While Ravenous barely pinged the North American box office when it hit our shores in 1999, you’d be hard-pressed to find a horror geek, or a fan of Guy Pearce or Robert Carlyle, who hasn’t already stewed in this movie’s viscera. It’s got cannibalism — and Pearce and Carlyle — and pre-allegations Jeffrey Jones rocking his kindly authority figure — and Neal McDonough flexing his inner Arian — and Ojibwa lore — and jagged mountain vistas — and an unforgettable Michael Nyman/Damon Albarn score that chitters and plinks and dances — and virile direction by Antonia Bird, that reel-goddess who might finally have new feature film coming out (with promise written all over it). - Ranylt Richildis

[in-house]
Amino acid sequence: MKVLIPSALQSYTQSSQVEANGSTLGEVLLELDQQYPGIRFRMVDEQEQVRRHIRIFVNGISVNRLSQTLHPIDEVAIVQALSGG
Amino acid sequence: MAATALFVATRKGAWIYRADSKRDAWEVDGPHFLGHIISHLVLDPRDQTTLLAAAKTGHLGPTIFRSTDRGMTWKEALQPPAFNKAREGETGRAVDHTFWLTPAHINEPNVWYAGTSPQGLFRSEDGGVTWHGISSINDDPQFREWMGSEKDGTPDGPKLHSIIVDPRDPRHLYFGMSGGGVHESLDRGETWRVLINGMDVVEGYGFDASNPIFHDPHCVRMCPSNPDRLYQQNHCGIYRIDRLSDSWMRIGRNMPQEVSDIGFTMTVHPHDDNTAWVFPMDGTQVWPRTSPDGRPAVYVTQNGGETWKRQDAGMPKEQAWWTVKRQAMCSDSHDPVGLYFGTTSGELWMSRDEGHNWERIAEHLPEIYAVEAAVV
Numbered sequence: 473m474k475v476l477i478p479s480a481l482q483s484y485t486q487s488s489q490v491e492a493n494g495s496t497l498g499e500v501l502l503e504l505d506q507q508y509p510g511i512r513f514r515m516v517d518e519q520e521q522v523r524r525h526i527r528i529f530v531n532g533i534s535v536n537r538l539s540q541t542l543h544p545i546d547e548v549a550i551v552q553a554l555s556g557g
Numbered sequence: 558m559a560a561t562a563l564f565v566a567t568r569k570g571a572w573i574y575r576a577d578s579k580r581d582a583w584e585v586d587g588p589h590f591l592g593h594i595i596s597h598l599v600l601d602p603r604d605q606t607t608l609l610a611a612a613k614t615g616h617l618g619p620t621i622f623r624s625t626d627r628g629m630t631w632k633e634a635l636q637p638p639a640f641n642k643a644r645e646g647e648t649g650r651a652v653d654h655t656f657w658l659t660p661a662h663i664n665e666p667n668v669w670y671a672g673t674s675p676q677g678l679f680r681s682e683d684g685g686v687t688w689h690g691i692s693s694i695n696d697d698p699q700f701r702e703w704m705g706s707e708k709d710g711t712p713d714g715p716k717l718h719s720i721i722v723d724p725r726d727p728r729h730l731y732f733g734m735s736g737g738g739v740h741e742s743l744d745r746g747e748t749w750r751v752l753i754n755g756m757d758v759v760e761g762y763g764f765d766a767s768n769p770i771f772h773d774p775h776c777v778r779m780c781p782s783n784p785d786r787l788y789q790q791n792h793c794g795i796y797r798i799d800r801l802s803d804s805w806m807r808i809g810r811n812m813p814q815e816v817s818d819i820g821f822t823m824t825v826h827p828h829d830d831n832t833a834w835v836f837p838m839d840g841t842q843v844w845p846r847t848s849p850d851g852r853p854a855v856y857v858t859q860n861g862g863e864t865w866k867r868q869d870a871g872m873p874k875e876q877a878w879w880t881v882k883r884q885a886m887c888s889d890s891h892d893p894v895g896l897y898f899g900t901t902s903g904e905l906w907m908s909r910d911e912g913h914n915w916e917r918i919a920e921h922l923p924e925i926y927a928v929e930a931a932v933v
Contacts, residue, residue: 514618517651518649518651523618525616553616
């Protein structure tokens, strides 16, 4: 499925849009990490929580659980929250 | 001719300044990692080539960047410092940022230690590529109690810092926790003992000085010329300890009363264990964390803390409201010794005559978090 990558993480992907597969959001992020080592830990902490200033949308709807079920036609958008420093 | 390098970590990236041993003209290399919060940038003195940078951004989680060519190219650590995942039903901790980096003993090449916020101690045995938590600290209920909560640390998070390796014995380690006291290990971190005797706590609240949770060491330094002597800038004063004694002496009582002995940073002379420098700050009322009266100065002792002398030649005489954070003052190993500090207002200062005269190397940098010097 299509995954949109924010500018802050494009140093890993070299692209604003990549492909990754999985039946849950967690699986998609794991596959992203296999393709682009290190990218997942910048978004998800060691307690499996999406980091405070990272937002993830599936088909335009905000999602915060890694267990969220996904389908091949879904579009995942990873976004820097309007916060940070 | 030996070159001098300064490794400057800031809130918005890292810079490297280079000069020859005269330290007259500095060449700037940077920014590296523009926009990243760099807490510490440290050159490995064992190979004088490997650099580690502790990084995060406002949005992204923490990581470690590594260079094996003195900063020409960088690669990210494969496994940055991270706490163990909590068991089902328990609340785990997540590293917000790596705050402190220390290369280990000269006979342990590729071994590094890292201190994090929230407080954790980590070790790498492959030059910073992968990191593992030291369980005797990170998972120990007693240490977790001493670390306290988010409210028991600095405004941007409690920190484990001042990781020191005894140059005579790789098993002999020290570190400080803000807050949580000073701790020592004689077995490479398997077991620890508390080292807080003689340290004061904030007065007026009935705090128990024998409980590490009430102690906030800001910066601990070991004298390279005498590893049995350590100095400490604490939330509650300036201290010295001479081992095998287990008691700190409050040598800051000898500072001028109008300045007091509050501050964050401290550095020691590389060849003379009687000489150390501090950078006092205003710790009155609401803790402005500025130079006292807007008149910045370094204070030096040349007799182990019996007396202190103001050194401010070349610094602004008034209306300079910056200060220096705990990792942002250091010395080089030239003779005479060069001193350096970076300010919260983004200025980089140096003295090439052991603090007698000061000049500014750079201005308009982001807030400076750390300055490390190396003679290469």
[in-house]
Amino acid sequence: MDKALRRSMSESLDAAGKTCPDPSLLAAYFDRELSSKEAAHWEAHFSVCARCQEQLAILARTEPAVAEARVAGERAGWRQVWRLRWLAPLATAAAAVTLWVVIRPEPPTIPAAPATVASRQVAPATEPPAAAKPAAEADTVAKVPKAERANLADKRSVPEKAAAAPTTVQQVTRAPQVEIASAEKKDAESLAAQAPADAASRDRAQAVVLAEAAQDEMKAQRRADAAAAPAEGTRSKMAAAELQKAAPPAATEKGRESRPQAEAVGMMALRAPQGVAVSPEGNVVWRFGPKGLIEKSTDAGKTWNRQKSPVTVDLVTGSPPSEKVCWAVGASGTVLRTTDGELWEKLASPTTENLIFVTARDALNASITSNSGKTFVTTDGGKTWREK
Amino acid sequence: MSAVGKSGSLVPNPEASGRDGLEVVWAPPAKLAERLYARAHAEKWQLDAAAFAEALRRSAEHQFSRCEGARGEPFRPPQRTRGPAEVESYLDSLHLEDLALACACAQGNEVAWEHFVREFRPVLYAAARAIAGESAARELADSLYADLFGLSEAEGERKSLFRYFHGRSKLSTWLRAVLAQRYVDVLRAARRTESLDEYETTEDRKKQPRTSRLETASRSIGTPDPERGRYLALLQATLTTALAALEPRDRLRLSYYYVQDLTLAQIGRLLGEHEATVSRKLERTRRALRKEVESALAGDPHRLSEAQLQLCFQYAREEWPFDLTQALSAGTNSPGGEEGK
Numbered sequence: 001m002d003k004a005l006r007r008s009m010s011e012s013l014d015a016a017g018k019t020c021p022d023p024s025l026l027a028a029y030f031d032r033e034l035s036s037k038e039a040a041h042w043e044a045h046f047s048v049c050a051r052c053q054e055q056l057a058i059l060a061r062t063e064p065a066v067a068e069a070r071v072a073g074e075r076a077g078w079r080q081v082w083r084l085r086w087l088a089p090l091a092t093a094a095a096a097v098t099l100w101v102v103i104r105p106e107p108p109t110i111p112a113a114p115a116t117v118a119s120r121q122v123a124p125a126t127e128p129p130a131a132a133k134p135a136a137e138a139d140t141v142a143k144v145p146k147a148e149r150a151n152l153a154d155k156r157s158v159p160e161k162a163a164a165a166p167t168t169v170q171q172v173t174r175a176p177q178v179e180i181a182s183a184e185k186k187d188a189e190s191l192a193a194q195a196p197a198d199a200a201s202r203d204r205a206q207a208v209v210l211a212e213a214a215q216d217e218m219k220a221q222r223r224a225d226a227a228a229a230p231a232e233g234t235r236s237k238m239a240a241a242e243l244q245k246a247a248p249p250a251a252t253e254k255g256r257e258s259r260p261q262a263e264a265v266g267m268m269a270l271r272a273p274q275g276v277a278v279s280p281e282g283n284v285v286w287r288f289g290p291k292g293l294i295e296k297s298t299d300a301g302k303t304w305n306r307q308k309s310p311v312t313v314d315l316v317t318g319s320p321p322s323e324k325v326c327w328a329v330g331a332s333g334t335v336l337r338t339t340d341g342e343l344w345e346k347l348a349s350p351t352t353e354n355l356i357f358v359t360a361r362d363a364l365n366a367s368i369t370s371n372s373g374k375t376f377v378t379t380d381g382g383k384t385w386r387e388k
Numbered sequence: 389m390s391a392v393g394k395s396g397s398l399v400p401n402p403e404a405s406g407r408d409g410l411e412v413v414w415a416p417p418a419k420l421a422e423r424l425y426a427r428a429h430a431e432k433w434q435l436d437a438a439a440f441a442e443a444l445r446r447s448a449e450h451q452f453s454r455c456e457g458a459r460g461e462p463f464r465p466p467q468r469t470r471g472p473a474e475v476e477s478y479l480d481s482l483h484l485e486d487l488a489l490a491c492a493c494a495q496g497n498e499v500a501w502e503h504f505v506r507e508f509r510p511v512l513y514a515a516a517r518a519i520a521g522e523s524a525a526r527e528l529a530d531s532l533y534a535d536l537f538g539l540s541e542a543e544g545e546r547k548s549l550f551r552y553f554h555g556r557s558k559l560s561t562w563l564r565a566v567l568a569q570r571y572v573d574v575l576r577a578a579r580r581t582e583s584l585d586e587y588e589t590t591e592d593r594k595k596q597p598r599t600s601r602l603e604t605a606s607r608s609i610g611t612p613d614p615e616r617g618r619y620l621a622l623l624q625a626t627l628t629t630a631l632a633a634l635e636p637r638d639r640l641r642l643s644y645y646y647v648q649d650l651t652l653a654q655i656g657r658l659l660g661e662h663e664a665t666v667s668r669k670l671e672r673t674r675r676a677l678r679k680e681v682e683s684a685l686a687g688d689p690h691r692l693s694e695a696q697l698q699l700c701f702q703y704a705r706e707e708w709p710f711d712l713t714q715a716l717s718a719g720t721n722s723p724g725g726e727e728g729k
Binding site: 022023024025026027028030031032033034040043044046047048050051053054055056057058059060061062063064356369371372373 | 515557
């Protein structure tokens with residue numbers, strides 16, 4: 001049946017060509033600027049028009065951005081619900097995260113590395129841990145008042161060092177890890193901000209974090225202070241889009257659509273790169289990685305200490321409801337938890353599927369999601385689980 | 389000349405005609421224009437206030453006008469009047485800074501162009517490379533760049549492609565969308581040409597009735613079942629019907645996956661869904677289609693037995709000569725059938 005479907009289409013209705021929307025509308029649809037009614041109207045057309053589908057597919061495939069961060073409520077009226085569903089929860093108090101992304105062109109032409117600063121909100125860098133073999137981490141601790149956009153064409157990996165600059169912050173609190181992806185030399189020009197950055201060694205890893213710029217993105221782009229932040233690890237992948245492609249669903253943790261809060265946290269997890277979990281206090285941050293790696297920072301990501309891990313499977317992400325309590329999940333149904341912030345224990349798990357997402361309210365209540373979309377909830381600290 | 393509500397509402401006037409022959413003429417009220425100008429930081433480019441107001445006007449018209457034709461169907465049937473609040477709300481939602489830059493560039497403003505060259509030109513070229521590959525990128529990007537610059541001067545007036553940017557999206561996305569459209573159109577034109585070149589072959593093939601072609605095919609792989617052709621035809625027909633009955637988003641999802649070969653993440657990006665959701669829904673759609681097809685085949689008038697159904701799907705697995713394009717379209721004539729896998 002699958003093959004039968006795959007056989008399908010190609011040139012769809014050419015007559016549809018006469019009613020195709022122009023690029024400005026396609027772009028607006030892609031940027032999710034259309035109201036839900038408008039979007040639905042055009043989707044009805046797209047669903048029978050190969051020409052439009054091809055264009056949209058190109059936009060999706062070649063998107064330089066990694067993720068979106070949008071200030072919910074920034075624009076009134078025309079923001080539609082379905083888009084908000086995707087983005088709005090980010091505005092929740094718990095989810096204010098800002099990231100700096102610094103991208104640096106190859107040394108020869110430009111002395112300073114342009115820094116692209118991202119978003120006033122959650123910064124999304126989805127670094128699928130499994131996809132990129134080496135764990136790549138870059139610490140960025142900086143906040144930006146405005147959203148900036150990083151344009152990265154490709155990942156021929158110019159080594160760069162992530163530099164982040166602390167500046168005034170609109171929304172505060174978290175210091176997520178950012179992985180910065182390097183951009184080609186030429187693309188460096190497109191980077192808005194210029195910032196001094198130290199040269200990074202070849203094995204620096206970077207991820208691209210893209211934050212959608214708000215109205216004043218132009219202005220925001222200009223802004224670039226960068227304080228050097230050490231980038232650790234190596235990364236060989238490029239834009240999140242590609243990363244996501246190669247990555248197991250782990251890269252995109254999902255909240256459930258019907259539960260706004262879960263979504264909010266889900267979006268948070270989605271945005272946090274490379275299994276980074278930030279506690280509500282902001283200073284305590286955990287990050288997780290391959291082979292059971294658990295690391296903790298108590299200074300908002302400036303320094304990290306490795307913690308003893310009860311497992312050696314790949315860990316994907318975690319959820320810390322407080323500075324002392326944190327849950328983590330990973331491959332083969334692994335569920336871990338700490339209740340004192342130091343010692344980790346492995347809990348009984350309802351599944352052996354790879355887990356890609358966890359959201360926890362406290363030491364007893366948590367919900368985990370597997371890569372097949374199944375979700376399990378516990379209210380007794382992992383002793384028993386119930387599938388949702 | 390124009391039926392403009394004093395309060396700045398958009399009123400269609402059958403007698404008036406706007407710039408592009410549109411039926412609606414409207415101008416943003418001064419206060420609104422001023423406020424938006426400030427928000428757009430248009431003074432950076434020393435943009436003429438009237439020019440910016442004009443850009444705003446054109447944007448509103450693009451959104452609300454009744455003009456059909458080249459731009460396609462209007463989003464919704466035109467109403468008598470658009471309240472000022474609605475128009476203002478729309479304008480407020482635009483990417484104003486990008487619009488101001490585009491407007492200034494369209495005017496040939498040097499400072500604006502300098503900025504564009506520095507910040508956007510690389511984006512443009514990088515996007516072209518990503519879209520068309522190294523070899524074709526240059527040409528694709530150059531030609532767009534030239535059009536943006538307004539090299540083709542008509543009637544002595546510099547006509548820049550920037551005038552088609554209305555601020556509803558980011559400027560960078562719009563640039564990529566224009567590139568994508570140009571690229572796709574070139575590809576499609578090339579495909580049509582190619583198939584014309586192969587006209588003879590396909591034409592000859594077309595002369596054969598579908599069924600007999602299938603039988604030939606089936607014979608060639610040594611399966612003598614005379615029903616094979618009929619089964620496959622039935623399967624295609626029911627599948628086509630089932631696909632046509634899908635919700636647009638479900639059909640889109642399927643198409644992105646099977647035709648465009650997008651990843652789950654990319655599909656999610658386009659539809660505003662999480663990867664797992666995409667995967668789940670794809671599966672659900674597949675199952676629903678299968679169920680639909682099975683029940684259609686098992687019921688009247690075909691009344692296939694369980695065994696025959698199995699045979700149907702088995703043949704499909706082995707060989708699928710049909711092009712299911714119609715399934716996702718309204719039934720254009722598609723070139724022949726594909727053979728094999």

Fincher’s persnicketyness is on full display in his latest thriller, Zodiac, and it’s mostly to the good. He excels at using the visual elements of a film to situate the story in a particular world, but this is his first time using that approach to recreate a historic period — mostly the late 1960s to mid-’70s — and I don’t know that I’ve ever seen it done better or more subtly. From the old logos of Paramount Pictures and Warner Bros. that open the film to the costumes, hairstyles, cars, interior design, technology — everything seems right on target, yet the period elements never call unnecessary attention to themselves. The soundtrack is rife with music of the time, but it never has that feeling, so common to period movies, of having just picked the top five hits of a given year. The choices — particularly songs like Donovan’s “Hurdy Gurdy Man” and Three Dog Night’s cover of “Easy to be Hard” from Hair — not only evoke the period of the film and the mood of the particular scenes in which they’re used but make ironic acknowledgement of the alienation and brutality of the killer, adding resonances that reverberate across the film. And Fincher’s not just interested in setting the appropriate tone but in making his recreation as factually accurate as possible, going so far as to dig through original police files and interview central figures in the case. Every element is considered — even bit parts, such as the killer’s victims, are cast and costumed with a painstaking effort to give us an accurate sense of who these people were and what they might have been like. - Pajiba